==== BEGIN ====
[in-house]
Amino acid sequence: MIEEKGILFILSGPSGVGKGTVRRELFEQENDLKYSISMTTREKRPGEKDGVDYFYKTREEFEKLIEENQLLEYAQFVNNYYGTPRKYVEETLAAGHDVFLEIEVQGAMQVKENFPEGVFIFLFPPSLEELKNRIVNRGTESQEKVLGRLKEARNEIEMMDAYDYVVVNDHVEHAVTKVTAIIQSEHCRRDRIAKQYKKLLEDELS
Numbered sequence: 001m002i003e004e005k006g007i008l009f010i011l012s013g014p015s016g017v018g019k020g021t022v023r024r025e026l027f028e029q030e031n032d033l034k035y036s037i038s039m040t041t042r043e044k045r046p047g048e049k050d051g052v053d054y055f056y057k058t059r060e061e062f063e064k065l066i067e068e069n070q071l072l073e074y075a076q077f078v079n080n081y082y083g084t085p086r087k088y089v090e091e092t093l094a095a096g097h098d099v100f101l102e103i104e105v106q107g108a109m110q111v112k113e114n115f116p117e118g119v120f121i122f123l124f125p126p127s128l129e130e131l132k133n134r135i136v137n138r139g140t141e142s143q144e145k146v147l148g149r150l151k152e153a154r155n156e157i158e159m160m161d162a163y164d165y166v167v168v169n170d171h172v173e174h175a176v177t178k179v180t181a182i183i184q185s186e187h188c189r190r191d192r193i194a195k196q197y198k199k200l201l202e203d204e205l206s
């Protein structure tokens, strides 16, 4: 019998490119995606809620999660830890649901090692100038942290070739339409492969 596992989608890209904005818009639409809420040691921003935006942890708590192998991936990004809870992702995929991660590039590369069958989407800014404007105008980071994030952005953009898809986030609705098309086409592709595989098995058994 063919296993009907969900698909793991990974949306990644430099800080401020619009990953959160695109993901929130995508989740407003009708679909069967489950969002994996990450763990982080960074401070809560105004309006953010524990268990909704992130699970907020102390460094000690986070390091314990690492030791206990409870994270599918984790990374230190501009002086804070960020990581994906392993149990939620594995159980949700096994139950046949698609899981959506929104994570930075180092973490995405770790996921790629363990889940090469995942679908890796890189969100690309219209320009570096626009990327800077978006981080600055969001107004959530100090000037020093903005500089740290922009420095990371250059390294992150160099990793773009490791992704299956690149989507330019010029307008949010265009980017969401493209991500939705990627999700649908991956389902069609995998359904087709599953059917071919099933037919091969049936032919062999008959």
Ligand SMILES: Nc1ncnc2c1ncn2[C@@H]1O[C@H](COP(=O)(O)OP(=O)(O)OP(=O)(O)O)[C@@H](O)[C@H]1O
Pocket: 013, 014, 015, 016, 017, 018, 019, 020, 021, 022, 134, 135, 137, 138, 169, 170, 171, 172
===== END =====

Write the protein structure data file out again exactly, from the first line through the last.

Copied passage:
[in-house]
Amino acid sequence: MIEEKGILFILSGPSGVGKGTVRRELFEQENDLKYSISMTTREKRPGEKDGVDYFYKTREEFEKLIEENQLLEYAQFVNNYYGTPRKYVEETLAAGHDVFLEIEVQGAMQVKENFPEGVFIFLFPPSLEELKNRIVNRGTESQEKVLGRLKEARNEIEMMDAYDYVVVNDHVEHAVTKVTAIIQSEHCRRDRIAKQYKKLLEDELS
Numbered sequence: 001m002i003e004e005k006g007i008l009f010i011l012s013g014p015s016g017v018g019k020g021t022v023r024r025e026l027f028e029q030e031n032d033l034k035y036s037i038s039m040t041t042r043e044k045r046p047g048e049k050d051g052v053d054y055f056y057k058t059r060e061e062f063e064k065l066i067e068e069n070q071l072l073e074y075a076q077f078v079n080n081y082y083g084t085p086r087k088y089v090e091e092t093l094a095a096g097h098d099v100f101l102e103i104e105v106q107g108a109m110q111v112k113e114n115f116p117e118g119v120f121i122f123l124f125p126p127s128l129e130e131l132k133n134r135i136v137n138r139g140t141e142s143q144e145k146v147l148g149r150l151k152e153a154r155n156e157i158e159m160m161d162a163y164d165y166v167v168v169n170d171h172v173e174h175a176v177t178k179v180t181a182i183i184q185s186e187h188c189r190r191d192r193i194a195k196q197y198k199k200l201l202e203d204e205l206s
């Protein structure tokens, strides 16, 4: 019998490119995606809620999660830890649901090692100038942290070739339409492969 596992989608890209904005818009639409809420040691921003935006942890708590192998991936990004809870992702995929991660590039590369069958989407800014404007105008980071994030952005953009898809986030609705098309086409592709595989098995058994 063919296993009907969900698909793991990974949306990644430099800080401020619009990953959160695109993901929130995508989740407003009708679909069967489950969002994996990450763990982080960074401070809560105004309006953010524990268990909704992130699970907020102390460094000690986070390091314990690492030791206990409870994270599918984790990374230190501009002086804070960020990581994906392993149990939620594995159980949700096994139950046949698609899981959506929104994570930075180092973490995405770790996921790629363990889940090469995942679908890796890189969100690309219209320009570096626009990327800077978006981080600055969001107004959530100090000037020093903005500089740290922009420095990371250059390294992150160099990793773009490791992704299956690149989507330019010029307008949010265009980017969401493209991500939705990627999700649908991956389902069609995998359904087709599953059917071919099933037919091969049936032919062999008959």
Ligand SMILES: Nc1ncnc2c1ncn2[C@@H]1O[C@H](COP(=O)(O)OP(=O)(O)OP(=O)(O)O)[C@@H](O)[C@H]1O
Pocket: 013, 014, 015, 016, 017, 018, 019, 020, 021, 022, 134, 135, 137, 138, 169, 170, 171, 172